Sports Science Sunday: Andrew Luck retires; EPL mishandling concussions?

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At the age of twenty-nine, the Indianapolis Colts quarterback Andrew Luck has made the difficult decision to retire after seven seasons in the National Football League. A history of injuries had taken its toll on his mental well being and he had lost the drive to struggle through another injury comeback. “I felt stuck and the only way out of it is to no longer play football,” Luck said, during a press conference. “It’s taken my joy away from the game.”

An editorial in the British Journal of Sports Medicine is calling for strict guidelines when it comes to the conditions open water swimmers are allowed to endure, particularly in the cold. “Swimming authorities must enforce minimum temperature rules in open water swimming because some open water swimmers—particularly those who are well acclimatised to cold—are unable to judge how cold they are.” The article cited a landmark 1955 study conducted by Pugh and Edholm.

Researchers at the University of Colorado investigated concussion incidence reporting and procedures in the English Premier League and Major League Soccer. They found that although both leagues were fastidious in reporting concussions, they differed in post-concussion procedures. The vast majority of EPL players returned much sooner than they should have… Like almost immediately. The study concluded, “While career longevity was unaffected, the approach to managing concussion as in MLS may better promote player safety and preserve on-field performance.”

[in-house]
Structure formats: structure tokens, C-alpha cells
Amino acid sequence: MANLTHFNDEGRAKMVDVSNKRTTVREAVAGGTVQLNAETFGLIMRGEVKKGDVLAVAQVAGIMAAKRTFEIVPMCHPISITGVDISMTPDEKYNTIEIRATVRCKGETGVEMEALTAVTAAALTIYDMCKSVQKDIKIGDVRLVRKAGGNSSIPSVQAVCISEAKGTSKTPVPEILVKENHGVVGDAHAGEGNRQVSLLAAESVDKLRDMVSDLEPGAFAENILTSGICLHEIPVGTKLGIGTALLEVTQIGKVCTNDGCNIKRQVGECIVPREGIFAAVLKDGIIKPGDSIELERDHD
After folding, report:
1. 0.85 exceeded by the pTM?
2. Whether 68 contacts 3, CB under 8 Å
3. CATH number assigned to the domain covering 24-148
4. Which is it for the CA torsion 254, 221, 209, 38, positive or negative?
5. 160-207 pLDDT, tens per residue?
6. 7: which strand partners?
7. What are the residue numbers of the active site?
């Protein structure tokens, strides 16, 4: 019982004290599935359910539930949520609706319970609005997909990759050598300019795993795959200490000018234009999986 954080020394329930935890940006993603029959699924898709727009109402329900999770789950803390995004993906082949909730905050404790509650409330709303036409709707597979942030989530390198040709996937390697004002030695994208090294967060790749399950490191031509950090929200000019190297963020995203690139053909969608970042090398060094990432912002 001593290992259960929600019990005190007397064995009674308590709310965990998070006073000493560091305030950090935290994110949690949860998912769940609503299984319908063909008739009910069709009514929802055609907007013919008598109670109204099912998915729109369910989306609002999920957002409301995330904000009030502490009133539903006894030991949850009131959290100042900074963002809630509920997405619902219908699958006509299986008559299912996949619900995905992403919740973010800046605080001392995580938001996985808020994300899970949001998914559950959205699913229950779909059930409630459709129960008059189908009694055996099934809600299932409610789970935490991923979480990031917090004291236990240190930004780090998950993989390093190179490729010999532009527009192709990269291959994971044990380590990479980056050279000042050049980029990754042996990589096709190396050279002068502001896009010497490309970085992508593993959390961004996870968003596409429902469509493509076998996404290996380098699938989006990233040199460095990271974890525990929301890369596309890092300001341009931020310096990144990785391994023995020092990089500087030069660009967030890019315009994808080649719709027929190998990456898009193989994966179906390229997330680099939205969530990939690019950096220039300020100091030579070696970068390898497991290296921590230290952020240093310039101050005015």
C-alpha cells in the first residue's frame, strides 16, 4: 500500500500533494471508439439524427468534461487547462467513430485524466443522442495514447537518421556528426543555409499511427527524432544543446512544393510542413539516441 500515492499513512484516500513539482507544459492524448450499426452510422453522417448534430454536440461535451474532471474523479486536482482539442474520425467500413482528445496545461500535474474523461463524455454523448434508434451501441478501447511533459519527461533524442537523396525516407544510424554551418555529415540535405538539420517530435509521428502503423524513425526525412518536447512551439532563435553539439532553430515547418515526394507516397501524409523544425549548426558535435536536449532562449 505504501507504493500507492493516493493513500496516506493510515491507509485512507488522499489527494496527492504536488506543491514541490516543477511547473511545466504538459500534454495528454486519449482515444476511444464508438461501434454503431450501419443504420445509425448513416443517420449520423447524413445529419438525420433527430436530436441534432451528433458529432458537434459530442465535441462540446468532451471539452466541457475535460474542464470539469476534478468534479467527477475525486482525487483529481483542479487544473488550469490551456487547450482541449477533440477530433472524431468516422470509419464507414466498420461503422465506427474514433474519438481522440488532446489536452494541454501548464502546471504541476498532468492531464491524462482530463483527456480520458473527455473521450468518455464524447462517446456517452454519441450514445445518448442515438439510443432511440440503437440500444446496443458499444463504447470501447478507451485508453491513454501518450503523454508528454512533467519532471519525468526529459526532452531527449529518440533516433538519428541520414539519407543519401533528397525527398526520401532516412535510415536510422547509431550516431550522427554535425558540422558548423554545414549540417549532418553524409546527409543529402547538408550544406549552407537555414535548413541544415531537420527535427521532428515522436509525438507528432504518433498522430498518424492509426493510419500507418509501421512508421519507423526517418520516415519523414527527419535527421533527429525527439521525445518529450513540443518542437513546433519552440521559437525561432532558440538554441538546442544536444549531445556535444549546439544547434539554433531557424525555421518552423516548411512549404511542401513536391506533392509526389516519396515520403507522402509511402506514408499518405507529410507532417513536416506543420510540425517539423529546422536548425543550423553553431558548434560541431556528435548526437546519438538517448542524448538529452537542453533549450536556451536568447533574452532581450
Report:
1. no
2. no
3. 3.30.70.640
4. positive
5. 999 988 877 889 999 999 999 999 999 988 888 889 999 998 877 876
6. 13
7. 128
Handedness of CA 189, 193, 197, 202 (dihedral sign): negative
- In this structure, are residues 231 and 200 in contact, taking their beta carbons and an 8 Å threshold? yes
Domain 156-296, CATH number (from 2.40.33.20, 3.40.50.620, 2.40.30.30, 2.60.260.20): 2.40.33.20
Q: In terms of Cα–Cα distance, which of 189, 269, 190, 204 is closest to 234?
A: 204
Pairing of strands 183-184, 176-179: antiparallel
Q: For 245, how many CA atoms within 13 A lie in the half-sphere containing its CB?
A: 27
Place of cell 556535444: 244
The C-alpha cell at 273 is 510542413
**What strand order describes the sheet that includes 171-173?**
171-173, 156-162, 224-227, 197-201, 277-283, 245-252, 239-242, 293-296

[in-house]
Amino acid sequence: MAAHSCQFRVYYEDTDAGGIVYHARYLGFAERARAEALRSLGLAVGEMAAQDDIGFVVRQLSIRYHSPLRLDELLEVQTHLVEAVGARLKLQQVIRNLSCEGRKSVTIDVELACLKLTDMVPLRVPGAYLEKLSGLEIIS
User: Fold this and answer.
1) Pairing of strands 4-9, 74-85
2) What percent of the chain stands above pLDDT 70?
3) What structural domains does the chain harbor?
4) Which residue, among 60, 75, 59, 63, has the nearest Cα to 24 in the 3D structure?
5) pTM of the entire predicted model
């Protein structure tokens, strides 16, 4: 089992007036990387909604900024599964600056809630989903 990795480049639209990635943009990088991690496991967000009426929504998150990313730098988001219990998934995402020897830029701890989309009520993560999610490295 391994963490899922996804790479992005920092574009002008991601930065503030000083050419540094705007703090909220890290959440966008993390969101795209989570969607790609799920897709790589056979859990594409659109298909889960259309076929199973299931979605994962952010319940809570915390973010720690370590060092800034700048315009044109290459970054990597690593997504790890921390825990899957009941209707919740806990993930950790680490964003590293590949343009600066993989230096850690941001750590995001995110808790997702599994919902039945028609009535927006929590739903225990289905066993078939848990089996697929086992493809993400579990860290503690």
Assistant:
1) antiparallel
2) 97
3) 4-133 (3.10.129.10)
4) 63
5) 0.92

A National Institute of Health study investigated whether weight training lessened the risk of any types of cancer (since aerobic exercise has been shown to have a positive effect). The researchers concluded, “Participants who engaged in weight lifting had a significantly lower risk of colon cancer and a trend toward a lower risk of kidney cancer than participants who did not weight lift.”

IMAGE SOURCE: Creative Commons

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